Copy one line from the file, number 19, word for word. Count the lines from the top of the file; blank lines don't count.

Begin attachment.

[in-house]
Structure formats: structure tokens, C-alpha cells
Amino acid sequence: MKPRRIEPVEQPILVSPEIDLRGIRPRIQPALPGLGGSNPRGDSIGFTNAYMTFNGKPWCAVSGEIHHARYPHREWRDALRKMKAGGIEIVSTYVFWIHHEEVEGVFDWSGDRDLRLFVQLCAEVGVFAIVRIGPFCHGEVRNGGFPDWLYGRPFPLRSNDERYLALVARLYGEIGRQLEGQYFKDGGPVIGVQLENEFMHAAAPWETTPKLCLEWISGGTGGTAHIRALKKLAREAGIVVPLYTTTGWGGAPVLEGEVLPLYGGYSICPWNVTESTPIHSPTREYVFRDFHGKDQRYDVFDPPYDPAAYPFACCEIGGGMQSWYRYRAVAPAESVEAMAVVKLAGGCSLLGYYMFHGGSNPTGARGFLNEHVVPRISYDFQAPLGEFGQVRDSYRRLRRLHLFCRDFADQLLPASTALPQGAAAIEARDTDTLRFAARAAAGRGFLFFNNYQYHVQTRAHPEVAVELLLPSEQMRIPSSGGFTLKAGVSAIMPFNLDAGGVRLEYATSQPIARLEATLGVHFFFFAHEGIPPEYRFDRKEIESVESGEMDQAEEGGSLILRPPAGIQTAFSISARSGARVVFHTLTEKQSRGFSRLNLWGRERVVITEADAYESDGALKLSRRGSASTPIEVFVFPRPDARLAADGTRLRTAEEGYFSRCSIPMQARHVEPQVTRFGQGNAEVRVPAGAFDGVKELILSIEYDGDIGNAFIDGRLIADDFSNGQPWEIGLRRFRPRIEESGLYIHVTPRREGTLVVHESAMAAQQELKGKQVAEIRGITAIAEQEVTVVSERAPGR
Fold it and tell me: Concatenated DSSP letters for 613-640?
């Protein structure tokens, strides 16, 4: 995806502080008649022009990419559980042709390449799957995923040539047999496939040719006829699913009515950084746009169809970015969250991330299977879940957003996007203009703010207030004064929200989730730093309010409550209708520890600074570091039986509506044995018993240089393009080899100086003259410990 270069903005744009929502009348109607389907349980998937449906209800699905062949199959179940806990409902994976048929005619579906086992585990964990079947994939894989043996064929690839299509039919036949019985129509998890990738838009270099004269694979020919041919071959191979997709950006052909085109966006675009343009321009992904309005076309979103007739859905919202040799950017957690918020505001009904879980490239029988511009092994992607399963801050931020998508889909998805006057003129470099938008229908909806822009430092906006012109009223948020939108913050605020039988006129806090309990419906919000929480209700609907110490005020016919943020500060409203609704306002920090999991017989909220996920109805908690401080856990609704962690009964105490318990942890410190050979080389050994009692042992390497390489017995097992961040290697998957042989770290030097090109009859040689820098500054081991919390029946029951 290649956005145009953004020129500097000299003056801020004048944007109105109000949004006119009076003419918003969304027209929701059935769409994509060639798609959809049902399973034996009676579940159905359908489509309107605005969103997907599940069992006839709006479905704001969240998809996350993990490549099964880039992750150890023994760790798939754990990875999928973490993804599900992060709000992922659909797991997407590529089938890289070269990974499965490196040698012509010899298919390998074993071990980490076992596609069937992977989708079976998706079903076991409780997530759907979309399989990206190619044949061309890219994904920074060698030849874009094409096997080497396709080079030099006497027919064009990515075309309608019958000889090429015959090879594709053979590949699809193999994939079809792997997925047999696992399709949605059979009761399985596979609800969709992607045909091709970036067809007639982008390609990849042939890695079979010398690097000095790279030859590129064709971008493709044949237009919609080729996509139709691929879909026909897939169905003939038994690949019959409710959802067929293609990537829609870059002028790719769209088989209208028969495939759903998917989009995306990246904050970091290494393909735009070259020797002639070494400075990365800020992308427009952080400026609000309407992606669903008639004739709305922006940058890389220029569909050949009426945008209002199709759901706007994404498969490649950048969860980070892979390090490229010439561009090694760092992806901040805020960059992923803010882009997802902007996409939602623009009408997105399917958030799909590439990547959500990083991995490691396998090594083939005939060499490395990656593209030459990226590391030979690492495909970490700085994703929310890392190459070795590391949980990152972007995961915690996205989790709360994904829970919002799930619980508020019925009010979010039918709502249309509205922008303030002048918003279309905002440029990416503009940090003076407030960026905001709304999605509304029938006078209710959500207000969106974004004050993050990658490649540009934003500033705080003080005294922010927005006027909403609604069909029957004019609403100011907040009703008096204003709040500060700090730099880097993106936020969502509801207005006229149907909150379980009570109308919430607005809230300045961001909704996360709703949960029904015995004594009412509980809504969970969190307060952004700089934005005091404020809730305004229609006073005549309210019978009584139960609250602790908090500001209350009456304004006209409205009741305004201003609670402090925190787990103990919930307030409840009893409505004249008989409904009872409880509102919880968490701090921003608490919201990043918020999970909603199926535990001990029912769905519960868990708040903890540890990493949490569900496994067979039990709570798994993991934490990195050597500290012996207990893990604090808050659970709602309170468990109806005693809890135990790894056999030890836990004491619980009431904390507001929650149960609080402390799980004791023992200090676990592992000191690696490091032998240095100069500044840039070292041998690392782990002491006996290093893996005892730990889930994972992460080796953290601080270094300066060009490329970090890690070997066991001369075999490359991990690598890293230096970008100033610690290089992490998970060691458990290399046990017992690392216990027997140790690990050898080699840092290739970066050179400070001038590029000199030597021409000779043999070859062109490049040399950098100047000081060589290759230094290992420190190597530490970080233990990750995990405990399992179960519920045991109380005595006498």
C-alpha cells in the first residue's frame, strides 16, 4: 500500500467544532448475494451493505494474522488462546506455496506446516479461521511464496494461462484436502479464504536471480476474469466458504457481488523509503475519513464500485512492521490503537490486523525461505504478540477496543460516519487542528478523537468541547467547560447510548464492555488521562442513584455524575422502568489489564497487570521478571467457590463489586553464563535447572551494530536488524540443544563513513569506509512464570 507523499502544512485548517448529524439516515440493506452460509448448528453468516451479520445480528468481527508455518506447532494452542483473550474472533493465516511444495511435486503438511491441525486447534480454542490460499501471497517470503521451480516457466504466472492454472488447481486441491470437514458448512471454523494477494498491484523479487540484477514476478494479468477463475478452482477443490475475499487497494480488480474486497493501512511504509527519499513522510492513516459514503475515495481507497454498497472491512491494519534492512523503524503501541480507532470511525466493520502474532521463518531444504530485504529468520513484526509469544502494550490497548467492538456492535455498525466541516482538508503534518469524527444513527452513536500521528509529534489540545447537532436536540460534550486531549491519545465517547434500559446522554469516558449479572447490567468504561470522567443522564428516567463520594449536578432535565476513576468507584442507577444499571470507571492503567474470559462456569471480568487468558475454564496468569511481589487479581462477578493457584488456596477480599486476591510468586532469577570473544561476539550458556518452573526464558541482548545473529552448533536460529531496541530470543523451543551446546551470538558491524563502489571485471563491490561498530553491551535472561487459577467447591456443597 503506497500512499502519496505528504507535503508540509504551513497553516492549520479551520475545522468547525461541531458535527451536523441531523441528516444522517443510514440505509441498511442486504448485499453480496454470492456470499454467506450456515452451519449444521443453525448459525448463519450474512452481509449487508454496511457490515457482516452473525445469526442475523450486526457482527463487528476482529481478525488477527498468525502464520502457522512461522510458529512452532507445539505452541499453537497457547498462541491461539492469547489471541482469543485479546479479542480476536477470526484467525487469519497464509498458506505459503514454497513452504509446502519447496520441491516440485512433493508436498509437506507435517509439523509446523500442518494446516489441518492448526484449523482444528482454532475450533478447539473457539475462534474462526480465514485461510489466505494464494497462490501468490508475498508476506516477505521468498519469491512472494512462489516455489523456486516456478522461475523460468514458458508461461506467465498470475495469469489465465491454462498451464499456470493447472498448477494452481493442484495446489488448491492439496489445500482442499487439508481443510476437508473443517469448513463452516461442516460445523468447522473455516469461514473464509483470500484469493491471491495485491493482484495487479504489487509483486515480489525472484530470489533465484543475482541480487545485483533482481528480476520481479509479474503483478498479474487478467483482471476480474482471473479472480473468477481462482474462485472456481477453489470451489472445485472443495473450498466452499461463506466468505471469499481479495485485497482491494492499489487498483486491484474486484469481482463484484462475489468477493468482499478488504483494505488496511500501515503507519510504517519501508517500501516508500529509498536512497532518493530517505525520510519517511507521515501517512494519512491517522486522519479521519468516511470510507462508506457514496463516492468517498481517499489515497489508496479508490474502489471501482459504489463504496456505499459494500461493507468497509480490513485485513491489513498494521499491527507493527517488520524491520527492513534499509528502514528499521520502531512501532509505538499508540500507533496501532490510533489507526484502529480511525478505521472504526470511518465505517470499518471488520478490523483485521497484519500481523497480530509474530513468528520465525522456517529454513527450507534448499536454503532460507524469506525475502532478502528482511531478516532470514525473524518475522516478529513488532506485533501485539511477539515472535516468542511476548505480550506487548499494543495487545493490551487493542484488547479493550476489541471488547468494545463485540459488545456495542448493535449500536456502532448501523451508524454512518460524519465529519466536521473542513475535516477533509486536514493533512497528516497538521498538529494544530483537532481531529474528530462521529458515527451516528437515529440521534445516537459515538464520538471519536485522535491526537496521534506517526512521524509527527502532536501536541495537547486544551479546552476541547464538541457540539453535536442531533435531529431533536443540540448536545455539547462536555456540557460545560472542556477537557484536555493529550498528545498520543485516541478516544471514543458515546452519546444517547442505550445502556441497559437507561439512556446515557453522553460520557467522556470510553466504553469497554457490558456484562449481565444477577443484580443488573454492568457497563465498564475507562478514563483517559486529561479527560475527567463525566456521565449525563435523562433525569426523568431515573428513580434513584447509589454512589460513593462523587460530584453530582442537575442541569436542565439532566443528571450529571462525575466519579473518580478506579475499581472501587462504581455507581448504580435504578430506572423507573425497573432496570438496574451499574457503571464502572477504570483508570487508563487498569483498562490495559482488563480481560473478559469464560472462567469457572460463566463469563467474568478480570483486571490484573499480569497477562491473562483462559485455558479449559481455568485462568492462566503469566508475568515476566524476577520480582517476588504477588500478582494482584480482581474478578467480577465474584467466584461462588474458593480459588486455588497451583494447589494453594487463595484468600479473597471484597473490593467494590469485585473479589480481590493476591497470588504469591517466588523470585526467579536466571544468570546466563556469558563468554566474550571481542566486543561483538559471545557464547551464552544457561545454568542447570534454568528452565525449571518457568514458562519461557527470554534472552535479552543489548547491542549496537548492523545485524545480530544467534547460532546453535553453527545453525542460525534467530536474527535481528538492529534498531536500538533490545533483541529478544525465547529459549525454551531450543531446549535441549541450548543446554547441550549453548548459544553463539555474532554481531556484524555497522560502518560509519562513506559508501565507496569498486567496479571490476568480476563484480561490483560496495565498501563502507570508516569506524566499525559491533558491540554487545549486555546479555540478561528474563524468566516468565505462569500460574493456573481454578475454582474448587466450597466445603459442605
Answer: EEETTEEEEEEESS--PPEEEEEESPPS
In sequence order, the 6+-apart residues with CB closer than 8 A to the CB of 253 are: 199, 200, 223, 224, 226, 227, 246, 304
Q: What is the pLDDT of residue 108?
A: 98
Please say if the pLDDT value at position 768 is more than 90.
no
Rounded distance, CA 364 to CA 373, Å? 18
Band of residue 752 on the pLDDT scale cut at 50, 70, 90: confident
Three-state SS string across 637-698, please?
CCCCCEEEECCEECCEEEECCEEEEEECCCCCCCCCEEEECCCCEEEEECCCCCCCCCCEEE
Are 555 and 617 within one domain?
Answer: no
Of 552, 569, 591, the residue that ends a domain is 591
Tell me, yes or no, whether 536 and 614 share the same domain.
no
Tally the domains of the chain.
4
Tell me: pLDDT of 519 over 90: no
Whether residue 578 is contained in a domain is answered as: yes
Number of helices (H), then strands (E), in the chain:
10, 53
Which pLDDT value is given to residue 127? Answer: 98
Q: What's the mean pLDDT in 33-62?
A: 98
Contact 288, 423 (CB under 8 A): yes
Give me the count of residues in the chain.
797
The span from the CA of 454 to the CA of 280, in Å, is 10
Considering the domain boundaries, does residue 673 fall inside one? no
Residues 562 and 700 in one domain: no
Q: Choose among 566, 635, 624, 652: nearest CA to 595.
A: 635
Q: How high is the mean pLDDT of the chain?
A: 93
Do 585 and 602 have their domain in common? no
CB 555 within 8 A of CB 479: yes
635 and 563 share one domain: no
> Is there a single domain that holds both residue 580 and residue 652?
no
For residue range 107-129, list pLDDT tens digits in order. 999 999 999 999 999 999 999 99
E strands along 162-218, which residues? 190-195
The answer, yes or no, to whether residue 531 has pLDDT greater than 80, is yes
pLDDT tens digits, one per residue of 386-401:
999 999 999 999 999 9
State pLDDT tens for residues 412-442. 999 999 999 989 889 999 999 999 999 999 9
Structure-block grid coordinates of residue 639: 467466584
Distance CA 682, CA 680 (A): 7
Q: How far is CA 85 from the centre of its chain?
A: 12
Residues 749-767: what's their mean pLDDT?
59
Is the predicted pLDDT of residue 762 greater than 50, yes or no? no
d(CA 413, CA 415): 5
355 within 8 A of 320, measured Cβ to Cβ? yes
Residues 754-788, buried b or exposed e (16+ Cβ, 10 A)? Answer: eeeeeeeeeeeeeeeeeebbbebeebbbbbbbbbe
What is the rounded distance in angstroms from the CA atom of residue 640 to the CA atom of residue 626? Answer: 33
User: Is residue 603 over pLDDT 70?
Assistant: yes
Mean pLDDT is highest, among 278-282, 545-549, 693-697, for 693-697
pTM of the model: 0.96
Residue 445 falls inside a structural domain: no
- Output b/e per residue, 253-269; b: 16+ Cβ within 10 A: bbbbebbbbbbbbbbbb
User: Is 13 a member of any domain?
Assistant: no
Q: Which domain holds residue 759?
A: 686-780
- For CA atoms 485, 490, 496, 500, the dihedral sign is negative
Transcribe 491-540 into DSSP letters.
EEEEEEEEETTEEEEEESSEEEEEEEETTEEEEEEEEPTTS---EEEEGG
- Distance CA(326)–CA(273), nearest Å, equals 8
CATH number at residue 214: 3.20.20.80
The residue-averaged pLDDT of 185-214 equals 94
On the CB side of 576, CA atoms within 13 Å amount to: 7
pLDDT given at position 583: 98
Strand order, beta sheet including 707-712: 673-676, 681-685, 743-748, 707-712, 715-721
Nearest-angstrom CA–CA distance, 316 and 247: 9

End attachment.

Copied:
Of 552, 569, 591, the residue that ends a domain is 591